The Corporation As Family: The Gendering of Corporate Welfare, 1890 to 1930 (Luther Hartwell Hodges Series on Business, Society, and the State (Ppaerback))
Nikki MandellISBN: 0807853518;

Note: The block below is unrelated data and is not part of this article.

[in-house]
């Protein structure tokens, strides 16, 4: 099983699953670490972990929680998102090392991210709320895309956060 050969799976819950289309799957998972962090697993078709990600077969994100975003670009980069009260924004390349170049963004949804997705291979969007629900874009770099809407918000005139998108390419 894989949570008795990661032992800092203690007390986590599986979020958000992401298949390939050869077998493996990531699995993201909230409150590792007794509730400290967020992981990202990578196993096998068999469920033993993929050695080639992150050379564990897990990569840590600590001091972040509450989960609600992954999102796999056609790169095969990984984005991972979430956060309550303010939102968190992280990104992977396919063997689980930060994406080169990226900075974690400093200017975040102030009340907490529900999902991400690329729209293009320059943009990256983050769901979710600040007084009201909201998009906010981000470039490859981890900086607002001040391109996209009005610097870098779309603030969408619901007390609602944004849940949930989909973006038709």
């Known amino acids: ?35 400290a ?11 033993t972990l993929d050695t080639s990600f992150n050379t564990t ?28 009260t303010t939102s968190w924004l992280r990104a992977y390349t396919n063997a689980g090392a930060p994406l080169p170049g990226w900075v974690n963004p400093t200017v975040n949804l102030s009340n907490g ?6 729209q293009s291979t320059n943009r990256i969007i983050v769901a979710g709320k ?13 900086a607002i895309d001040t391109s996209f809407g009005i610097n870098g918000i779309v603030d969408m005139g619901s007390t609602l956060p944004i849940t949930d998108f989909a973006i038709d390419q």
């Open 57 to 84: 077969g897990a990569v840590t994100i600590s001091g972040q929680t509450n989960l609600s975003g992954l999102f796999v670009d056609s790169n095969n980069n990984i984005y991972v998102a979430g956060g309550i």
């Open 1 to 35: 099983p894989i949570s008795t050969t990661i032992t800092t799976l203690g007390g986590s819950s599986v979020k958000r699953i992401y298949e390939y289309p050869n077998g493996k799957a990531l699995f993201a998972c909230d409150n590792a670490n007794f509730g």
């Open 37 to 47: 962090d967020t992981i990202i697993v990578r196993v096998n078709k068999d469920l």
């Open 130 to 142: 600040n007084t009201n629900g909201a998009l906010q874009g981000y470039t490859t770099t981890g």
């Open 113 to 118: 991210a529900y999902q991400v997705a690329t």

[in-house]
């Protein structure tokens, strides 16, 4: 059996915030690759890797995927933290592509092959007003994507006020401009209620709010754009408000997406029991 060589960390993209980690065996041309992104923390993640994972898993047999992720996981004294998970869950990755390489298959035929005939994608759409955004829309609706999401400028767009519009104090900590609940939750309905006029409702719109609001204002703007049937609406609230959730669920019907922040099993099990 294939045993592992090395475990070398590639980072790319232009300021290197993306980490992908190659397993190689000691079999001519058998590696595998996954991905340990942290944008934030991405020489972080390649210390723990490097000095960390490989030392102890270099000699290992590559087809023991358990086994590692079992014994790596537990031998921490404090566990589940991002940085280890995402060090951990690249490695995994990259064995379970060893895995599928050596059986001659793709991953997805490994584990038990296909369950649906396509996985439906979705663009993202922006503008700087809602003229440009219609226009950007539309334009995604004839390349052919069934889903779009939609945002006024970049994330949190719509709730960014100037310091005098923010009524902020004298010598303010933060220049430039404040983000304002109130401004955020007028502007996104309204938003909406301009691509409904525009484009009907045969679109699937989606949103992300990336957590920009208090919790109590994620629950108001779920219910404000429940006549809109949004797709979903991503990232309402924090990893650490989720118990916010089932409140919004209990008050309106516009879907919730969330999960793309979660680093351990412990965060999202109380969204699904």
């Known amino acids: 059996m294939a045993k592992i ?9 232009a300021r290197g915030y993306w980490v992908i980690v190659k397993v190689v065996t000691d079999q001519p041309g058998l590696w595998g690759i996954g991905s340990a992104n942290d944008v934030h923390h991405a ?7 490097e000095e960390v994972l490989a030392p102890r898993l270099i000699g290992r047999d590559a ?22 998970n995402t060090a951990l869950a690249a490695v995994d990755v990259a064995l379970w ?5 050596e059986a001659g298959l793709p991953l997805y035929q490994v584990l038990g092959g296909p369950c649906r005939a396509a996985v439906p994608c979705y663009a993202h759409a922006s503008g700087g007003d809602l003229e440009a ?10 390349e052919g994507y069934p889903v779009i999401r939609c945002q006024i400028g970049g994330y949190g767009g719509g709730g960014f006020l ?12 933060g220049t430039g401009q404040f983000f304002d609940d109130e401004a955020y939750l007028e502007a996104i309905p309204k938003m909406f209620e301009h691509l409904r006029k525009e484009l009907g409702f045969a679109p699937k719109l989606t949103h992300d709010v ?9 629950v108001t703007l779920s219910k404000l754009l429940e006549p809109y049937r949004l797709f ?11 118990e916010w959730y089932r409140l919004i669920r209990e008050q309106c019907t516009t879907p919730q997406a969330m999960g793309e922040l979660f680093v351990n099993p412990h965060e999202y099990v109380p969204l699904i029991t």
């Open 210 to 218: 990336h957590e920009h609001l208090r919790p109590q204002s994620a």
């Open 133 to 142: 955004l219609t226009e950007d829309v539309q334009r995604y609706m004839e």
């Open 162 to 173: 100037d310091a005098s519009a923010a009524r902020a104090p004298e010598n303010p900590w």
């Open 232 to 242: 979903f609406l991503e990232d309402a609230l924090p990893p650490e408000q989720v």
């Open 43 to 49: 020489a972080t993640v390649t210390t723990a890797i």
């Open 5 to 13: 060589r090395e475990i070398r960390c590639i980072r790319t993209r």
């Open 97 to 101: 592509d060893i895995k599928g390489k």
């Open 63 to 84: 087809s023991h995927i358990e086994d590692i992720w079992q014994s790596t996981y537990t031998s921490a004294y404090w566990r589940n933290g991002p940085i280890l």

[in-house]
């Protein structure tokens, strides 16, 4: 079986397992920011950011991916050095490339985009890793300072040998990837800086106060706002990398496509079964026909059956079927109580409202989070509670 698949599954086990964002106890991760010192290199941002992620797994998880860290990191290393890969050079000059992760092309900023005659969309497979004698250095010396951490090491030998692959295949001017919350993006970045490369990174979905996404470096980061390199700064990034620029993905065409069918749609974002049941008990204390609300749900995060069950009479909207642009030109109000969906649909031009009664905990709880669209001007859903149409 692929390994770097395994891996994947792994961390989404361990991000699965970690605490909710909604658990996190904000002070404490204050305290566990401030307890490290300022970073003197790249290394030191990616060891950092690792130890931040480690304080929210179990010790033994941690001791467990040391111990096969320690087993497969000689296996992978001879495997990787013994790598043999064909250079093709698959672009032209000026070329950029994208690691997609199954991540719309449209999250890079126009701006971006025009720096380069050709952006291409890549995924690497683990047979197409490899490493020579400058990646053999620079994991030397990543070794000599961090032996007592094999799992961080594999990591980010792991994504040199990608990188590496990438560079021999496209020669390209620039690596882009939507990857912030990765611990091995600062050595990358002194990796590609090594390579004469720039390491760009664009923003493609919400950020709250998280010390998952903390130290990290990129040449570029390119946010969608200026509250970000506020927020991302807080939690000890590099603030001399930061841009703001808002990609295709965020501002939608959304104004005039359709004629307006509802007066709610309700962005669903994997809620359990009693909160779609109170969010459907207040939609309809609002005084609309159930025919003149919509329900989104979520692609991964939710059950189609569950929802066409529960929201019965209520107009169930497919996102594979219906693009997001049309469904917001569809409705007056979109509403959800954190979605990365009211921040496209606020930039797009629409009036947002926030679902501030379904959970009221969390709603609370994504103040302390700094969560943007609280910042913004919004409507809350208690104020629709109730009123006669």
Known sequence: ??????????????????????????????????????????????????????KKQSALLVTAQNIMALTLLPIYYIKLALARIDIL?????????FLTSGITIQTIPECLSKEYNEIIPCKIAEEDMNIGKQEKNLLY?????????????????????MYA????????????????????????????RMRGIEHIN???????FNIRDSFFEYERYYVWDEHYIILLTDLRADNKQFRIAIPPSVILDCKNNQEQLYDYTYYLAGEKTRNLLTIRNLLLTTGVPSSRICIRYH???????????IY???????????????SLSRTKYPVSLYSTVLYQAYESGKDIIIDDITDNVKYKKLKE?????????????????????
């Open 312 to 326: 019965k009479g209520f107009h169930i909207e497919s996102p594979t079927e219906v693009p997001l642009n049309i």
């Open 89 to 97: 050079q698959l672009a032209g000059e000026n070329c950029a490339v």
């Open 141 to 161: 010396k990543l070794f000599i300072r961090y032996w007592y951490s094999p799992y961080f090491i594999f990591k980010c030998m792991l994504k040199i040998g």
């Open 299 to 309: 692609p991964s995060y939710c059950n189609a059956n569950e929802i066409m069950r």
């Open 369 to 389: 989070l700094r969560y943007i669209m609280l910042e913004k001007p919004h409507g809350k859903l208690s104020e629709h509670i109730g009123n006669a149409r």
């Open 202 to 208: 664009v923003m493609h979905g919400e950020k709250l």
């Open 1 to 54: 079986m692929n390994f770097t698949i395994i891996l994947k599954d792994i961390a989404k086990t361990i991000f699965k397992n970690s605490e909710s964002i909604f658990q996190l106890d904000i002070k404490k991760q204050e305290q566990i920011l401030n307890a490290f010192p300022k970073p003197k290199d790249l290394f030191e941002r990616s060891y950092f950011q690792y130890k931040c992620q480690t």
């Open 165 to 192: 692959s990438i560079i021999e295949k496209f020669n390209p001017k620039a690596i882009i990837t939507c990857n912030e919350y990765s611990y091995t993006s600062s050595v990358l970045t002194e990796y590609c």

The beginning of the twentieth century witnessed a remarkable growth of corporate welfare programs in American industry. By the mid-1920s, 80 percent of the nation's largest companies--firms including DuPont, International Harvester, and Metropolitan Life Insurance--engaged in some form of welfare work. Programs were implemented to achieve goals that ranged from improving basic workplace conditions, to providing educational, recreational, and social opportunities for workers and their families, to establishing savings and insurance plans. Employing the critical lens of gender analysis, Nikki Mandell offers an innovative perspective on the development of corporate welfare. She argues that its advocates sought to build a new relationship between labor and management by recasting the modern corporation as a Victorian family. Employers assumed the authoritative position of fathers, assigned their employees the subordinate role of children, and hired male and female welfare managers to...
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